Pompom Lamp Makeover
I’ve always loved interesting lighting. From eye-catching table lamps to drop dead gorgeous permanent fixtures, I just can’t say no to unique lighting, but my pocketbook sure can!
Rob and I have decided that we want to start travelling more which means that we’re tightening the purse strings. So when I decided I wanted a new lamp for the living room and couldn’t find much of anything less than $50 that I liked I decided to shelve the whole idea. But every morning I sat in my big yellow chair waiting for the sun to rise enough that I could read my book. And every time I wished I had a darn lamp to go right there on that table so I could read rather than wait.
So it was decided that if I found something cheap enough that I could grab it. I first hit up the aisle at my local big box store and I was amazed at how expensive most of the lamps were. And then I went to he craft store during 50% off and, lo and behold, even on sale there wasn’t anything big enough for my space but small enough for my budget.
In the end Rob and I found the best little thrift shop and I grabbed some old button fly men’s Levi’s for $3 a pair that I’ve been rocking around town and a $10 super heavy, totally quality made brass (or maybe faux brass, I don’t know my metals) lamp that with a quick dip into my craft stash became one of my favorite things in this entire house right now.
For this project you will need:
- Cleaner and rags and possibly fine sandpaper
- Spray primer
- Spray paint
- Pompom trim
- Hot glue gun
Here’s the before. The bones are great but the metal has these weird marks that remind me of pills on a sweater that needed to be dealt with, and it is possible you might have something similar to contend with. First wash your lamp with cleaner and rags. If your surface is not smooth to the touch after this, take fine sandpaper and work until the surface is nice and smooth. This is especially important if you plan on using glossy spray paint, as the shine in the gloss will show off every imperfection like crazy.
Once clean and smooth, cover the light bulb receptacle with newspaper or other scrap so that you don’t accidentally paint inside of it. Spray the base and harp with 2 coats of spray primer followed by 2 coats of spray paint, giving ample dry time between coats.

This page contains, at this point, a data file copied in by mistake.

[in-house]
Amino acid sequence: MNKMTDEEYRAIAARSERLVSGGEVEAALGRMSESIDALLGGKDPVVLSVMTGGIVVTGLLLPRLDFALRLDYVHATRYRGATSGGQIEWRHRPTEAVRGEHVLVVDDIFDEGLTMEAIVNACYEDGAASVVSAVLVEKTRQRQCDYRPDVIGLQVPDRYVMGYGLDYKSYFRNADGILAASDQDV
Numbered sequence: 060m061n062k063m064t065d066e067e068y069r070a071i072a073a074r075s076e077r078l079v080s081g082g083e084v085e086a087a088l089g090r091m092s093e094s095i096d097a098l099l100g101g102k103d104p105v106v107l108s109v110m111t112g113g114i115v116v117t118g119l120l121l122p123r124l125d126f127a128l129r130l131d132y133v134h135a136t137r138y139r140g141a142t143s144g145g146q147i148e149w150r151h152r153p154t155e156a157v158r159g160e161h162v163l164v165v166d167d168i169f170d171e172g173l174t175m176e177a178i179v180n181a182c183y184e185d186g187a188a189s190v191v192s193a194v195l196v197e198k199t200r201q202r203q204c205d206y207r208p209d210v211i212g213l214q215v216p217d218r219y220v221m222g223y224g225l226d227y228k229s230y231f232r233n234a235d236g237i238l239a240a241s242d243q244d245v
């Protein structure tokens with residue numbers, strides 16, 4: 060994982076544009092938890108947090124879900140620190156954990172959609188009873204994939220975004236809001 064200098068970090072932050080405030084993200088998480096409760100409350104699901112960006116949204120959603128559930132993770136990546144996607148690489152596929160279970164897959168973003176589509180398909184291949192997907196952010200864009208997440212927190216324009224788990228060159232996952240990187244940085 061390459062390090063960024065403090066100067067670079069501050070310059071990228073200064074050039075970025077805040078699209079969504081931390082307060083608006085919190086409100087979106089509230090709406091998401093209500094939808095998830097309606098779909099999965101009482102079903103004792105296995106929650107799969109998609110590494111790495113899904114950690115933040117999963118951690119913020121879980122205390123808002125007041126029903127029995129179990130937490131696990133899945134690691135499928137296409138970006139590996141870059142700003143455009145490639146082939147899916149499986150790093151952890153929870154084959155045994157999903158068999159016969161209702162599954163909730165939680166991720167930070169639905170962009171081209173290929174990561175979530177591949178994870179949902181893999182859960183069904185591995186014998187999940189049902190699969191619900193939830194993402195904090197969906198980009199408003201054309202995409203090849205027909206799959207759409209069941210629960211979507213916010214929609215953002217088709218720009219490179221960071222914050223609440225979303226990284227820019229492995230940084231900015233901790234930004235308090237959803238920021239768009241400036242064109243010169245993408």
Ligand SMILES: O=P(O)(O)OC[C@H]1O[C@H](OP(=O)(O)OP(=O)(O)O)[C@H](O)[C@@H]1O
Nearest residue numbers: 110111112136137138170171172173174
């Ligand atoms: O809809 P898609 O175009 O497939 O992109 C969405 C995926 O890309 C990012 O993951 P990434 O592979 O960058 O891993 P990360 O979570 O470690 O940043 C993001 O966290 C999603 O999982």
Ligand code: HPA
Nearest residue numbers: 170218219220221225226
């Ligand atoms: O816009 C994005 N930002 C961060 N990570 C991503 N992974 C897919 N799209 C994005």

Quick tip – First turn the lamp upside down to make sure you get paint into all of the nooks and crannies if your lamp is an interesting shape as mine is. This will ensure you don’t have spots where the original color or the primer beneath peeks out from the paint.
You can get pompom trim in the upholstery section at fabric and craft stores. Grab one that you love and simply hot glue it onto the bottom of your lampshade. This nice, clean white shade I got for around $15 at Walmart and, while it was a bit more than I had intended to pay, I love the shape with my big, brass lamp.
When you order your trim you might notice that they wrap tape around it prior to cutting. This is because trim has a tendency to unravel like crazy. Do the same when you wrap your trim around and need to cut to size to finish the trim. It’s okay to leave the tape in place if you use “invisible” tape as it will hardly be noticeable.
I just LOVE that bright reddish/orange glossy base with that fun, pompom trim lampshade. Isn’t it SO MUCH FUN. Now typically Rob doesn’t notice a new purchase like a lamp, but he sure noticed this showstopper.
And I think that we both have a favorite new thing in the house. Borrowing paint, primer and trim from my craft stash, this the price for this lamp came in at around $25 after purchasing lamp itself and clean new white shade. Considering how big and heavy this lamp is, never-mind super colorful and fun, $25 is a steal!